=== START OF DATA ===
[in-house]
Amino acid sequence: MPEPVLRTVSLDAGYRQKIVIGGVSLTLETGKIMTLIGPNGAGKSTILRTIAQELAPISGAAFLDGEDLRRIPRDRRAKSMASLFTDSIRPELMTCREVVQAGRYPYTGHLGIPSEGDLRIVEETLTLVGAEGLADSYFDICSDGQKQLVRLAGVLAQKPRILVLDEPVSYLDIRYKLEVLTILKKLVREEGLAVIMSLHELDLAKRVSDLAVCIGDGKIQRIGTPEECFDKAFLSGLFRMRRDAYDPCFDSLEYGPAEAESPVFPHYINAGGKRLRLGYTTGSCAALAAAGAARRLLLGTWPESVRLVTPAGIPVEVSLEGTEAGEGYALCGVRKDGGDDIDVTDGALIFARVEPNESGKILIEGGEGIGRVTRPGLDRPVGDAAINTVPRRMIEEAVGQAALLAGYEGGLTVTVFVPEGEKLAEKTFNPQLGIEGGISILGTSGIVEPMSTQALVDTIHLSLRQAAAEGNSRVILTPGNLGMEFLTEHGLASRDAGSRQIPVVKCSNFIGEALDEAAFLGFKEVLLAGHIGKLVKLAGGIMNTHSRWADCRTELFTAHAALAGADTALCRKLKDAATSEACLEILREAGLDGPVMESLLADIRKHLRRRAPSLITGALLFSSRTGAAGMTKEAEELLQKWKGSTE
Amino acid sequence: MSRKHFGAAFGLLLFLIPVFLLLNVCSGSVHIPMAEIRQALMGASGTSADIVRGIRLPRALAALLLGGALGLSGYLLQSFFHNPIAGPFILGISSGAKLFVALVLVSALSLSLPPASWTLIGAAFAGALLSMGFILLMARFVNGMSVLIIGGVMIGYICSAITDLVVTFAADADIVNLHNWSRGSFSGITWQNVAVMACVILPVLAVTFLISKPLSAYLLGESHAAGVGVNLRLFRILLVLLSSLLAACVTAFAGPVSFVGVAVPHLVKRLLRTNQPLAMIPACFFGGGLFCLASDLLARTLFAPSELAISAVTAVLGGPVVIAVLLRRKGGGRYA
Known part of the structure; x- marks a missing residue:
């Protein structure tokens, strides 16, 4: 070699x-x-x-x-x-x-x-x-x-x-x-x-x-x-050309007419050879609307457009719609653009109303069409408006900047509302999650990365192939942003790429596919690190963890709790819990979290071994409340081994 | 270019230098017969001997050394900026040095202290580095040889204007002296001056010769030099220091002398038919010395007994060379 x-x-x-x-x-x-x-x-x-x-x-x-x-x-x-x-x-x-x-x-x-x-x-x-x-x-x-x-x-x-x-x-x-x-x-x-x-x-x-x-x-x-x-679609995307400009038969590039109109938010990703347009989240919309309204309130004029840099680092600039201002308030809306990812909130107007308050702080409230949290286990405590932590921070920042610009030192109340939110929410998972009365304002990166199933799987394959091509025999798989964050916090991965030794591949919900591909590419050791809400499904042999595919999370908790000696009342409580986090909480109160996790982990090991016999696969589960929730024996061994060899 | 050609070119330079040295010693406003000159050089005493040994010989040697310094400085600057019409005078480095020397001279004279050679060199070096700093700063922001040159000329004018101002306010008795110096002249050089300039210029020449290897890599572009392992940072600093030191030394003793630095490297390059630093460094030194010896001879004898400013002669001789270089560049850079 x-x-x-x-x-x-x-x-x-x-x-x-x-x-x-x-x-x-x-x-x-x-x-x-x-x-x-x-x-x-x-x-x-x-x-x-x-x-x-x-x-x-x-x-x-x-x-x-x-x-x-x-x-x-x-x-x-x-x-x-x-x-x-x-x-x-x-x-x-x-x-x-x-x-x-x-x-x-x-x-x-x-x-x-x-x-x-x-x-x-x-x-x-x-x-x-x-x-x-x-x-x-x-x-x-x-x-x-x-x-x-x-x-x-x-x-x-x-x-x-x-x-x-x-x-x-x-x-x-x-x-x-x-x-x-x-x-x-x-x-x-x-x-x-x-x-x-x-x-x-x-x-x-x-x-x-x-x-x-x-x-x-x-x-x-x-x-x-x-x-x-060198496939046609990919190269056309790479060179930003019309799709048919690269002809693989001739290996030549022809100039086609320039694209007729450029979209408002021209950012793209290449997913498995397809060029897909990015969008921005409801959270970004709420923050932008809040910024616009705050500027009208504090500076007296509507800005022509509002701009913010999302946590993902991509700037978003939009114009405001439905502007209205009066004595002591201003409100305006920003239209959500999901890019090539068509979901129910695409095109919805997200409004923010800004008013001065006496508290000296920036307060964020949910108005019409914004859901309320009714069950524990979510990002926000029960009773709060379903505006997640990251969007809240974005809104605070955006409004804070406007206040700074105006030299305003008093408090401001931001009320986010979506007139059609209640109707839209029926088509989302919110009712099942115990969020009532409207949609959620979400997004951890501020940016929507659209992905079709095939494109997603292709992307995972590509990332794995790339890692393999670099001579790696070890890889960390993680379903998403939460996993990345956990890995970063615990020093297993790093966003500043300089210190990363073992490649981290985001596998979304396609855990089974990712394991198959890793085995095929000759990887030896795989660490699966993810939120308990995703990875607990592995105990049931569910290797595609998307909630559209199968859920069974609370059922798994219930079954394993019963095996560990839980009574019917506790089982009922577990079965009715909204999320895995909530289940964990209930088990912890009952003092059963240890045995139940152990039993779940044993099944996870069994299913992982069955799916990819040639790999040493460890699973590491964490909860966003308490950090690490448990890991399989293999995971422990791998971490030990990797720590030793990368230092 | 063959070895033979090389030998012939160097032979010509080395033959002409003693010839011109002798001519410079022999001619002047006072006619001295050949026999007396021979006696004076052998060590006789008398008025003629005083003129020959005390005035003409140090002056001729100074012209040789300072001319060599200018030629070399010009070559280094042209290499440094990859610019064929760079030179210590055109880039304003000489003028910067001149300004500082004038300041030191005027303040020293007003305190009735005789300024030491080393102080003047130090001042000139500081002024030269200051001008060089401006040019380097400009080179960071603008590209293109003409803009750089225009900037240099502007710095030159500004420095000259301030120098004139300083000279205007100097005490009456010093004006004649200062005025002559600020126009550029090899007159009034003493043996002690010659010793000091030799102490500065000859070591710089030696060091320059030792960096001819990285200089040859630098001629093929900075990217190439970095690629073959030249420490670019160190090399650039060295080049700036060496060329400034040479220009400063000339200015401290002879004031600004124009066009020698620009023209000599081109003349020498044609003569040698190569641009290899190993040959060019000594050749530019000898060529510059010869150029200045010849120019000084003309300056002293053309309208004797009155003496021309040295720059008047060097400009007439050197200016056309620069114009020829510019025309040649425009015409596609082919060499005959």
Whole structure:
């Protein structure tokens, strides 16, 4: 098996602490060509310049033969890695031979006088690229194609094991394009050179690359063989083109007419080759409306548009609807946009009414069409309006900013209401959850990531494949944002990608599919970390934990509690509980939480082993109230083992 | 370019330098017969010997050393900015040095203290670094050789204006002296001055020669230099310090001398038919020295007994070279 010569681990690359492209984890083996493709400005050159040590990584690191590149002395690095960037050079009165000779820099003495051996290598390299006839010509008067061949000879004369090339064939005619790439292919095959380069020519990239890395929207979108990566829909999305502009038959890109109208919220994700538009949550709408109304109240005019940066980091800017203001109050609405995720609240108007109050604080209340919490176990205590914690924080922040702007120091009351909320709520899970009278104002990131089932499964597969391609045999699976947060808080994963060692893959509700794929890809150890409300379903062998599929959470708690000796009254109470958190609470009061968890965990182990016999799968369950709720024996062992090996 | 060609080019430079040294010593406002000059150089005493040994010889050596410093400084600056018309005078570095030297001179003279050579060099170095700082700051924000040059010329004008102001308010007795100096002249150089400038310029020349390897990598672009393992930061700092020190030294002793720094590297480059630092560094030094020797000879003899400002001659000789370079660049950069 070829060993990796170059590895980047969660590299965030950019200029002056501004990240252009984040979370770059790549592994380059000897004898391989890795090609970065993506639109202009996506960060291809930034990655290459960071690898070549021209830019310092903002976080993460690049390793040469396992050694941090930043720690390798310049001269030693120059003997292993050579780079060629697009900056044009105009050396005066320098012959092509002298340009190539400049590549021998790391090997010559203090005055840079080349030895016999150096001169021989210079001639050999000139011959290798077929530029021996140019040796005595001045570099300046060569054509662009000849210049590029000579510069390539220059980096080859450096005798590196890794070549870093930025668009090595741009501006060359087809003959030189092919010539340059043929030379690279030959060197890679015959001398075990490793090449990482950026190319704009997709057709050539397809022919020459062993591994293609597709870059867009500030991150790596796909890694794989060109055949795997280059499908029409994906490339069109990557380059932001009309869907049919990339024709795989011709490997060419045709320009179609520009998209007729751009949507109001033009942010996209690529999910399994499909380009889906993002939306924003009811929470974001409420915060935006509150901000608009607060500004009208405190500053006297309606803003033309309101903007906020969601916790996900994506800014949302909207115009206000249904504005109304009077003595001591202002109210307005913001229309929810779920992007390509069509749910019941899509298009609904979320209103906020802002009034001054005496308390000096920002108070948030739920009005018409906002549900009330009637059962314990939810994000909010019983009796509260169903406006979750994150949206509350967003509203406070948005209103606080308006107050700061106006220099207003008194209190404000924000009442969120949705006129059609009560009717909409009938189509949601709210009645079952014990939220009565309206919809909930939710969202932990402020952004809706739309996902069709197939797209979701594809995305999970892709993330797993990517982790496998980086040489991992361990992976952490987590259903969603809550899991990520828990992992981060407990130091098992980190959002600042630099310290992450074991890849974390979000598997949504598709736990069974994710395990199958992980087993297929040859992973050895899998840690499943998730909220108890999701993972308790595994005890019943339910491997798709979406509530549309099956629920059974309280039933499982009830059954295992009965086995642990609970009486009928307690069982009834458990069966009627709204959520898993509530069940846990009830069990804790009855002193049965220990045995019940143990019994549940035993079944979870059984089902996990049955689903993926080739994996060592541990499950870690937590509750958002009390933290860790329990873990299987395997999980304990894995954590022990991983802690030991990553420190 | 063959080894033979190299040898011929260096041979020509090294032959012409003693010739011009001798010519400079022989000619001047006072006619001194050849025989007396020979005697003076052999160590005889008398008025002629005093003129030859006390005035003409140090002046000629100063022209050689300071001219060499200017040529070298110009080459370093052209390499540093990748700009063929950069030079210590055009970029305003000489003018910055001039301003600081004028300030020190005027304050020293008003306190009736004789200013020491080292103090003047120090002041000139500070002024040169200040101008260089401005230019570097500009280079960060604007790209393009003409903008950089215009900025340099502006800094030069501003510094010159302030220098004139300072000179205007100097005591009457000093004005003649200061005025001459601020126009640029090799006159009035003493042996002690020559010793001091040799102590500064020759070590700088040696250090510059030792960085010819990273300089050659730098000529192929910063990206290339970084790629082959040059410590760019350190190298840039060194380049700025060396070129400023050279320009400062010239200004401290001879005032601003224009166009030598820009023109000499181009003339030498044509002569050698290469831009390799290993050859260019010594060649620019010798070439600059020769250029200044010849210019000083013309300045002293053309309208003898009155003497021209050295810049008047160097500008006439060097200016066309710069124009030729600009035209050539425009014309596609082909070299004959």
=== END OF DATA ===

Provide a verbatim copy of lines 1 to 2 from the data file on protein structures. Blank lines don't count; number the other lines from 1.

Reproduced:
[in-house]
Amino acid sequence: MPEPVLRTVSLDAGYRQKIVIGGVSLTLETGKIMTLIGPNGAGKSTILRTIAQELAPISGAAFLDGEDLRRIPRDRRAKSMASLFTDSIRPELMTCREVVQAGRYPYTGHLGIPSEGDLRIVEETLTLVGAEGLADSYFDICSDGQKQLVRLAGVLAQKPRILVLDEPVSYLDIRYKLEVLTILKKLVREEGLAVIMSLHELDLAKRVSDLAVCIGDGKIQRIGTPEECFDKAFLSGLFRMRRDAYDPCFDSLEYGPAEAESPVFPHYINAGGKRLRLGYTTGSCAALAAAGAARRLLLGTWPESVRLVTPAGIPVEVSLEGTEAGEGYALCGVRKDGGDDIDVTDGALIFARVEPNESGKILIEGGEGIGRVTRPGLDRPVGDAAINTVPRRMIEEAVGQAALLAGYEGGLTVTVFVPEGEKLAEKTFNPQLGIEGGISILGTSGIVEPMSTQALVDTIHLSLRQAAAEGNSRVILTPGNLGMEFLTEHGLASRDAGSRQIPVVKCSNFIGEALDEAAFLGFKEVLLAGHIGKLVKLAGGIMNTHSRWADCRTELFTAHAALAGADTALCRKLKDAATSEACLEILREAGLDGPVMESLLADIRKHLRRRAPSLITGALLFSSRTGAAGMTKEAEELLQKWKGSTE